One year on, nuclear survivors suffer temporary housing
By Lars Nicolaysen Mar 4, 2012, 3:26 GMT
Fukushima, Japan - The winter cold seeps past the steel girders and thin walls of Teiichi Sekizawa's container-like home, but he won't turn on the heat.
Such a cost comes too dearly for the part-time worker displaced by last year's nuclear accident in north-eastern Japan who still lives in temporary housing and is unlikely to ever be able to return home.
Even so, the 55-year-old considers himself fortunate. He had worked at the Fukushima Daiichi Nuclear Power Station but his contract had ended a day before the March 11 accident there, the worst the world had seen since the 1986 Chernobyl catastrophe.
'I was lucky,' said Sekizawa, who now lives in a settlement of 180 emergency housing units erected in a parking lot in Fukushima, the capital of the prefecture with the same name.
He is among the more than 80,000 people who lived near the nuclear plant and were evacuated because of the radioactive fallout that occurred after an earthquake shook the plant and generated a tsunami that swamped it, causing meltdowns in three of its six nuclear reactors.
Hundreds of thousands of people up and down the coast lost their homes, jobs and livelihoods in the disaster. Like Sekizawa, more than 320,000 people still live in emergency housing, and many complain the government has been slow to compensate them and find permanent shelter.
'If you go to see the city authorities, you soon see how chaotic the reconstruction work is,' said Ken Horikawa, a volunteer working with survivors in the badly damaged coastal city of Ishinomaki in Miyagi prefecture.
He accused authorities of lacking an overall plan and being out of touch with the needs of survivors and the difficulties of life in temporary housing.
Whereas initial efforts were directed at saving lives and providing the basics for survivors, the need now is for help of a more intangible kind: lending moral support to people still in temporary accommodation.
'We visit the elderly, listen to what they have to say, hand over letters from all over Japan and distribute rice,' Horikawa said.
Many of the survivors have yet to recover from their ordeal, he said. In addition, officials failed to take previous social circumstances and relationships into account when relocating them.
'Everything happened by lottery,' Horikawa said, pointing to elderly people who no longer have any contact with the neighbours they once knew and are now lonely.
They can't sleep properly and are stressed, he said.
Sekizawa knows the past is gone in more ways than one. His old home lies 10 kilometres from the Fukushima Daiichi plant in an area still highly radioactive.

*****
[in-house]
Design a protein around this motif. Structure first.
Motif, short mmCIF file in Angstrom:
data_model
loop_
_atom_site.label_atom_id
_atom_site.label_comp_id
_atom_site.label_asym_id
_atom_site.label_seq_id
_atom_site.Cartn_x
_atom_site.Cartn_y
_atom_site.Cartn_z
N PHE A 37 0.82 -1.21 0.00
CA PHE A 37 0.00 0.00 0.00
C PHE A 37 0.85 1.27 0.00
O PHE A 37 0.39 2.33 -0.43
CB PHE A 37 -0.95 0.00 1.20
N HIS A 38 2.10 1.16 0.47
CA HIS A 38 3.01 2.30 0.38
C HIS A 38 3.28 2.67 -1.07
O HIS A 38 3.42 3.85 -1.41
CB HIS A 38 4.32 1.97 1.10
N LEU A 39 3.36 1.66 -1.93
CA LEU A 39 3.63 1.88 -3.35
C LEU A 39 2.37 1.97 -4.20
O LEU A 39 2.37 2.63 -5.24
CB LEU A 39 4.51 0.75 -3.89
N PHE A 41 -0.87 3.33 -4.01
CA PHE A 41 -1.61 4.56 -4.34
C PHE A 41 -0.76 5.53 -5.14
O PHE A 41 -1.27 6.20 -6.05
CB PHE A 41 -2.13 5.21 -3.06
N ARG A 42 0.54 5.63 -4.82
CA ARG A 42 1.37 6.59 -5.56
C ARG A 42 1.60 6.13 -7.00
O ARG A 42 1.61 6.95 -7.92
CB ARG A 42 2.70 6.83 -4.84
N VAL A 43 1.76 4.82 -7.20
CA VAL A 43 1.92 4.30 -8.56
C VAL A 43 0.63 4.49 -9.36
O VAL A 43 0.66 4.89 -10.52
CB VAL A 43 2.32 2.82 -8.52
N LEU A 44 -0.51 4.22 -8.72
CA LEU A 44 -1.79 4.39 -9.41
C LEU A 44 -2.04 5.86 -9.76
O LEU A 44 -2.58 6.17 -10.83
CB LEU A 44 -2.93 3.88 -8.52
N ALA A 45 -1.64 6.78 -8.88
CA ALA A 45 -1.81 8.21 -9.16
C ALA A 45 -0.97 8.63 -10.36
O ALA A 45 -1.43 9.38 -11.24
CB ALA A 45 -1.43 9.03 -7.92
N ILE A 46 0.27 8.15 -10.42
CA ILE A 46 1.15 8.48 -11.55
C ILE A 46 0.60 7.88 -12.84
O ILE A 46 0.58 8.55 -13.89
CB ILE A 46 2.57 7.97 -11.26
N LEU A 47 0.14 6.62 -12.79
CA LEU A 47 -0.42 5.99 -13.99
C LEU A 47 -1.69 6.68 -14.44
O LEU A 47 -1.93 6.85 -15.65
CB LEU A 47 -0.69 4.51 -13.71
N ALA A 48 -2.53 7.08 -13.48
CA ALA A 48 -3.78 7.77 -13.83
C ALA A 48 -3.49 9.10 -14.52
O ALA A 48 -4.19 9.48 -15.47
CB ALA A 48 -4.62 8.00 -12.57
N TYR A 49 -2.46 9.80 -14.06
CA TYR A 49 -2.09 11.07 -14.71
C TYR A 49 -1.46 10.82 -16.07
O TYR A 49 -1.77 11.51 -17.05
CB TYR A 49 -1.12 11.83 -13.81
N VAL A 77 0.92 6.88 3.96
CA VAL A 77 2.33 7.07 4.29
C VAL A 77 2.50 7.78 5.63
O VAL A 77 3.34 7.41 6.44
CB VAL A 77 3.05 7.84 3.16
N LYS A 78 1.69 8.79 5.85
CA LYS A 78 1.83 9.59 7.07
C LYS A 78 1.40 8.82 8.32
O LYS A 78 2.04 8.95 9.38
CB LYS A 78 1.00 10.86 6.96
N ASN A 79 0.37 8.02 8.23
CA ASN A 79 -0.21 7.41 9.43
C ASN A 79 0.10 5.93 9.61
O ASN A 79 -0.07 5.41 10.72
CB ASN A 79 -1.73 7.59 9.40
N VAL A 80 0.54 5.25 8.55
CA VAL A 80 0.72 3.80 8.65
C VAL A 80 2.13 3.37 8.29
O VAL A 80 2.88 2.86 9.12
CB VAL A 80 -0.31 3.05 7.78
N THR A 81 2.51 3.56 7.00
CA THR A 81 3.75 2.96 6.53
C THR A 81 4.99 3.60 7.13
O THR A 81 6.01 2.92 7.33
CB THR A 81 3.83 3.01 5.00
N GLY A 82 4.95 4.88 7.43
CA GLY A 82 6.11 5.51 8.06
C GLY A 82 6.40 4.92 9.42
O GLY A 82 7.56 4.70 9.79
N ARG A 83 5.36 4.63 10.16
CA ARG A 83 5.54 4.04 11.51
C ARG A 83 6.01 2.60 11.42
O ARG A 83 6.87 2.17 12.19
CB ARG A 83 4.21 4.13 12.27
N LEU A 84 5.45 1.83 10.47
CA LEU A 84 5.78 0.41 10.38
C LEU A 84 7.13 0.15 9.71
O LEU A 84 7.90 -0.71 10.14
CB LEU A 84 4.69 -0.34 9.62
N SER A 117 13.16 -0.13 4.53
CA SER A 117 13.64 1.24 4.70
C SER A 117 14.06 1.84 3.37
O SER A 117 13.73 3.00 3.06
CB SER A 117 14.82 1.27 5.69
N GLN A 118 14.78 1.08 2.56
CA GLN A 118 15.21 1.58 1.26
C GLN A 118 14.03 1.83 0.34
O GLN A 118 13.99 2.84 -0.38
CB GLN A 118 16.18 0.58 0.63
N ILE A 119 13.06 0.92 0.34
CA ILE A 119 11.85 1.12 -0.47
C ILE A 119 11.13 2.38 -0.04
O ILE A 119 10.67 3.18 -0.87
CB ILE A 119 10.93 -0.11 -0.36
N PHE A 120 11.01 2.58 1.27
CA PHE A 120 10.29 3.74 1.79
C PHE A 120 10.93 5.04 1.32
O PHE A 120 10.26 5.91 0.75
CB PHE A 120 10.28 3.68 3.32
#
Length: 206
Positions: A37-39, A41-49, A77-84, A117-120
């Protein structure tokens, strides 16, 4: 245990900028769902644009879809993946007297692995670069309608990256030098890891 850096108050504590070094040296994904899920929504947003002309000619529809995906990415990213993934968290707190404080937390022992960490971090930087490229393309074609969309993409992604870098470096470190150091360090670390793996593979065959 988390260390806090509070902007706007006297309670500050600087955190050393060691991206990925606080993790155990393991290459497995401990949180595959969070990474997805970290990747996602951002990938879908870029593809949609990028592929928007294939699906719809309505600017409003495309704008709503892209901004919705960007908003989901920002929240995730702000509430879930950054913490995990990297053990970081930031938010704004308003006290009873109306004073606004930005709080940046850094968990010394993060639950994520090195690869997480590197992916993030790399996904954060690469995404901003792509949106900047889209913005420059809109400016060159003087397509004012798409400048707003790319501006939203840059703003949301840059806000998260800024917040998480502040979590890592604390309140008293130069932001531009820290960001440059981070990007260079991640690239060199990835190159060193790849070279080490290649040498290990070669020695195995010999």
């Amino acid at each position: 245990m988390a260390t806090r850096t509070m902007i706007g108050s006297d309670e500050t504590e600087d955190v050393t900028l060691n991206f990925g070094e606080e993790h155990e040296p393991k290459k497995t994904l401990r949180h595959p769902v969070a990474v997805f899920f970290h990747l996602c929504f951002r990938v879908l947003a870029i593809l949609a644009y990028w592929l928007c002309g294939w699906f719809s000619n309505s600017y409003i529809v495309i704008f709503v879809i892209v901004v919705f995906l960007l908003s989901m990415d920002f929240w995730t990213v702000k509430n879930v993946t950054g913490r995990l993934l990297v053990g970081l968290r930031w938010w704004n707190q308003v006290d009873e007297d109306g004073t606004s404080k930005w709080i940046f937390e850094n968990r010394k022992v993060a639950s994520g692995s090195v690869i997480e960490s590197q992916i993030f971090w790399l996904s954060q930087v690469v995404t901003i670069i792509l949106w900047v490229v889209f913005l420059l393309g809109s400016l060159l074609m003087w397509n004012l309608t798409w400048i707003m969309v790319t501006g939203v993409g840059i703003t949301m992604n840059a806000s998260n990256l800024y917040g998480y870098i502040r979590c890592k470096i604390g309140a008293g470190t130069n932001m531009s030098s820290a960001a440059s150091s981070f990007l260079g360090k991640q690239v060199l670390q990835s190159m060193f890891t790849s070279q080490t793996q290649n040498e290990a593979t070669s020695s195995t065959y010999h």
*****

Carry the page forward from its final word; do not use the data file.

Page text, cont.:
'I know I can't go back there again,' he said in his cramped abode.
The proximity of his house to the plant indicates the confidence he once had in the nuclear industry. He started working in the nuclear power sector when he was 30 and acknowledged that he did well from it, earning good money moving around Japan from one plant to another over the past 25 years.
Although he has picked up work doing radiation decontamination since the accident, he said he has no intention of ever working at a nuclear plant again. He plans to begin working full time in a factory this month.
'We have to utilize new sources of energy in the future,' Sekizawa said, dismissing official assurances of nuclear safety.
His new residence might be meagre, but it is considerably better than the emergency accommodation the unmarried Sekizawa lived in during the months immediately after the disaster, he said.
'In comparison to the sports hall, this is wonderful,' he said. 'It was even colder there, and all we got to eat was instant noodles, rice balls and bread.'
But at his age, he said, he feels a little old to live like this. 'We're not asking for luxury,' he said. 'All we want is compensation, so we can live in a relatively comfortable way.'
He said all he and his neighbours hear from officials is that they 'will pass the information to their superiors.'
'The government has been extremely slow to react,' Sekizawa said, echoing a widely heard complaint among those still living in temporary housing.
Many survivors depend on volunteers like Horikawa. Some simply wait for the government to improve their lot, but Horikawa said the survivors need at some point to be able to stand on their own two feet.